Introduced in 1923, more than 25 million UK TV owners pay the annual license fee that fund the BBC’s television and radio operations. Non-payment is considered a criminal offence and can result in a hefty fine. As other European nations move away from mandatory license fees, should the UK government follow suit?
No, the license should not be mandatoryShow moreShow less
The BBC license fee surmounts to a regressive tax that disproportionately affects poor households, for a service that not everyone makes use of.
A mandatory fee is only useful if everybody actually pays it. There is no legal and practical way to enforce the license fee, so it’s up to choice whether people pay it or not. Therefore, it's pointless to make a license fee mandatory.
The only purpose in making something mandatory is if there are real consequences for not doing so. The license fee is impossible to enforce. It is therefore pointless being mandatory.
The simplest way the BBC could enforce the mandatory payment of the license fee in the digital era would be to reconcile everyone’s BBC IDs that are used to watch BBC iPlayer and compare that list to the list of people with a TV license. They are both run by different organizations and are not designed to be integrated in this way.
Alternatively, the BBC could monitor internet traffic. This would jar with data protection laws and require assistance from the Home Office. In a democratic nation, citizens have certain privacies protected by law and If the BBC were to access internet traffic, or track users' television or internet behavior in order to enforce the license fee, it would morally and legally conflict with citizens’ privacy. If the law can’t be enforced anyway, only those who choose to are paying the fee. This is essentially a donation so instead, they could make it a volunteer fee and do away with the ineffective system. This could actually lead to more revenue since a lot of people would support the decision to get rid of the mandatory fee.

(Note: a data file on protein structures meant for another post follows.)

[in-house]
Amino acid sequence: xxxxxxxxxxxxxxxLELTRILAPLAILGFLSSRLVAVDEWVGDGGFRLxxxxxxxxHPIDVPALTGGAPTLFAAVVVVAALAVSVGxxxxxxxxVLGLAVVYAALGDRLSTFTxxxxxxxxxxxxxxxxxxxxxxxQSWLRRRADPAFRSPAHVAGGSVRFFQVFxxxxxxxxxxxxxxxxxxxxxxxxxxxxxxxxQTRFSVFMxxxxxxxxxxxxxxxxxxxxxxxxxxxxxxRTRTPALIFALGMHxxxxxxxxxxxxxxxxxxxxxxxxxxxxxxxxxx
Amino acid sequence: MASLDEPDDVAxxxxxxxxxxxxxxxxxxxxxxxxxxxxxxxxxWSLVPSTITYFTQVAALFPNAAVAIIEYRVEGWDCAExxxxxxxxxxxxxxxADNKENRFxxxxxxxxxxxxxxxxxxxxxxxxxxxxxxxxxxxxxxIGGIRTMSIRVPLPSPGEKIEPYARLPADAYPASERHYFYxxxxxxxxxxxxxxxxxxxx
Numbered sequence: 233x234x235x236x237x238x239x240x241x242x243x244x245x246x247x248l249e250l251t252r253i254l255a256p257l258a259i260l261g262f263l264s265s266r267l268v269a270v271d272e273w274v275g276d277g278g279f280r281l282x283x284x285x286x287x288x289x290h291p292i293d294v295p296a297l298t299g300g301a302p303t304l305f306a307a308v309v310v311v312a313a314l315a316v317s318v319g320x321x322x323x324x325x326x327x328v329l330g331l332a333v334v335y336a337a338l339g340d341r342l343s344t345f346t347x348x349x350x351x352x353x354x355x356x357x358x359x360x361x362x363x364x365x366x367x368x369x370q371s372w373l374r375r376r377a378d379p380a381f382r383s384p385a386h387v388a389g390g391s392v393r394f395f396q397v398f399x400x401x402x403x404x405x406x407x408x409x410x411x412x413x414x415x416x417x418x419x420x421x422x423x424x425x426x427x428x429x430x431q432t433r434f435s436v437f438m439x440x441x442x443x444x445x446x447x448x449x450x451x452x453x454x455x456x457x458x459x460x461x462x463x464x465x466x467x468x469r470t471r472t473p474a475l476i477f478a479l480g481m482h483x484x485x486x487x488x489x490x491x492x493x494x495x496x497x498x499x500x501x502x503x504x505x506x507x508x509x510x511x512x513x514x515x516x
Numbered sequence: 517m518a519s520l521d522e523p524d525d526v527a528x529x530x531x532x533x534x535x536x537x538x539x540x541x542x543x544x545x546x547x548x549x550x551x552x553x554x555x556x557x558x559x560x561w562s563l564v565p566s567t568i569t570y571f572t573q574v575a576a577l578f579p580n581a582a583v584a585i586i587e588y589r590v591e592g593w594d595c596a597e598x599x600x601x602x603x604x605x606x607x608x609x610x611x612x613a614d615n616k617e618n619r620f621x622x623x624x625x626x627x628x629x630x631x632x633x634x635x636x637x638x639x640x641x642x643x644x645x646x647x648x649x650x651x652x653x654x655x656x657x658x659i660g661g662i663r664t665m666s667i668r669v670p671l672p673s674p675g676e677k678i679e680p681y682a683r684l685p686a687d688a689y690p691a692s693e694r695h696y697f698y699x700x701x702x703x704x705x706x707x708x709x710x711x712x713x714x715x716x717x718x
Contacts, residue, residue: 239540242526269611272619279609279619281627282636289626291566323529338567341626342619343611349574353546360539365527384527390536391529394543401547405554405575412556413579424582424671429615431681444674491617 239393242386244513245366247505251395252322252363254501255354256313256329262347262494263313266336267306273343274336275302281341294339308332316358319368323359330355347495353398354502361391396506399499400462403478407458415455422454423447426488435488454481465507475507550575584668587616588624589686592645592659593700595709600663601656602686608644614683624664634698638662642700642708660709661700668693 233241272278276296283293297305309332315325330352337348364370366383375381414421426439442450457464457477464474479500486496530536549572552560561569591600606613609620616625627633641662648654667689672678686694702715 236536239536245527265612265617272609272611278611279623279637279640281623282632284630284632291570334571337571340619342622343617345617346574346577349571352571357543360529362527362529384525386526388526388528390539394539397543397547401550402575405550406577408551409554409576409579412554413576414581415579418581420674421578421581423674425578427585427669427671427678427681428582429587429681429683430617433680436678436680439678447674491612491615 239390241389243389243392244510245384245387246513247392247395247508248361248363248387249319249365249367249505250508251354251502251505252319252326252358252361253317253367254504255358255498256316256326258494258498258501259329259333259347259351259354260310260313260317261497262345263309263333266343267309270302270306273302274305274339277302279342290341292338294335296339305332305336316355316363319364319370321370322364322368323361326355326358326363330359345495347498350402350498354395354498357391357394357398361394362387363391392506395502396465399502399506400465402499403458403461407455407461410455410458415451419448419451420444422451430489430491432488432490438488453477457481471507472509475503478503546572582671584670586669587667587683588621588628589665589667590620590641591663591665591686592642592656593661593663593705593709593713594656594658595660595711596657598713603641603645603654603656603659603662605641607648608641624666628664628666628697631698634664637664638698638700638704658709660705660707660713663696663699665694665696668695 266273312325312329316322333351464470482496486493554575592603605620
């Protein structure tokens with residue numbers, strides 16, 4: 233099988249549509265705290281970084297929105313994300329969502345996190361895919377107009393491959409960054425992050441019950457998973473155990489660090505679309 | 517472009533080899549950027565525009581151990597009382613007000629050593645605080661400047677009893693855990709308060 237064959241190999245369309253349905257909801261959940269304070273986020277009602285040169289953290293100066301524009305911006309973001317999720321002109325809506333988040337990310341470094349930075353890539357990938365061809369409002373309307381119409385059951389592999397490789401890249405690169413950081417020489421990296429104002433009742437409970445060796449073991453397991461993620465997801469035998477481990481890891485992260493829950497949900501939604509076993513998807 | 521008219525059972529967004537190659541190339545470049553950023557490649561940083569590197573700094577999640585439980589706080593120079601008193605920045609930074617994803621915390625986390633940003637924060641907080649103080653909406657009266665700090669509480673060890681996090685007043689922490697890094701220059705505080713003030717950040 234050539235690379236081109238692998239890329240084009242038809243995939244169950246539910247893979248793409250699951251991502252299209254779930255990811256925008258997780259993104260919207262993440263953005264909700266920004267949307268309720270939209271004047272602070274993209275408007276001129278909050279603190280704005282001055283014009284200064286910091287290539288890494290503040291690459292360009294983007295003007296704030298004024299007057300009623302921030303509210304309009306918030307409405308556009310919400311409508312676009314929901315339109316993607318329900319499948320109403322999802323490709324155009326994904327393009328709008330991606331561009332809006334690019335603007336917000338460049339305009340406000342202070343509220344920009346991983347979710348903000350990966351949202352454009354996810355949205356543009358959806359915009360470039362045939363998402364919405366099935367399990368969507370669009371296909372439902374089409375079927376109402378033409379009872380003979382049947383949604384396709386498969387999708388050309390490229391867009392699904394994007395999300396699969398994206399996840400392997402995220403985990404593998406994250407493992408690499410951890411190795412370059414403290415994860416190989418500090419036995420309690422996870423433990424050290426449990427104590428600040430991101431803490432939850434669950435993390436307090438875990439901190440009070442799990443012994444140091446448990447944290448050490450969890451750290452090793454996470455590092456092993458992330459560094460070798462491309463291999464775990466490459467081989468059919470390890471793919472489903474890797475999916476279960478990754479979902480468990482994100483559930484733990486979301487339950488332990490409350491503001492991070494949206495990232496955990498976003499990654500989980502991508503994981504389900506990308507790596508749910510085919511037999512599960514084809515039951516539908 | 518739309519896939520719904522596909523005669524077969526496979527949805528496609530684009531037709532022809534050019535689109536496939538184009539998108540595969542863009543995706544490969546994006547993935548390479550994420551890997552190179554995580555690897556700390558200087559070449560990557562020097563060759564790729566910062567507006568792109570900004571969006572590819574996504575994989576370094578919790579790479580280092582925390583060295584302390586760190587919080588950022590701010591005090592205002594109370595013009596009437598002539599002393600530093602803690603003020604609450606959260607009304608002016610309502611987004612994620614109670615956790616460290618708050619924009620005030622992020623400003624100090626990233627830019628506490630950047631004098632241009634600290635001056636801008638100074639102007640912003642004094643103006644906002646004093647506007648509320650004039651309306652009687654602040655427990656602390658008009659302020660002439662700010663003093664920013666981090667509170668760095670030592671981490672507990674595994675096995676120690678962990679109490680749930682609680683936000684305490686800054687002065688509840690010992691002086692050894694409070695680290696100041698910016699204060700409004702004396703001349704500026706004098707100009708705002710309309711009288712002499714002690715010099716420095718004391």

It isn’t arbitrary if it gets people to pay. There doesn’t need to be a way of enforcing it if the threat of enforcement is sufficient to get people to pay. The TV licensing authority already sends letters to those that haven’t bought a TV license threatening a home visit. For those consuming the BBC’s content or live broadcasting without a license, this is often enough to get them to pay.
There is no purpose in making something mandatory if it cannot be enforced.
[P1] Something should not be mandatory if it cannot be enforced.
[P2] A mandatory BBC license cannot be enforced.
[P3] Therefore, the BBC license should not be mandatory.
Rejecting the premises
[Rejecting P1] Something can be mandatory even if it cannot be enforced. The act of making it mandatory means more people will do it, regardless of enforcement.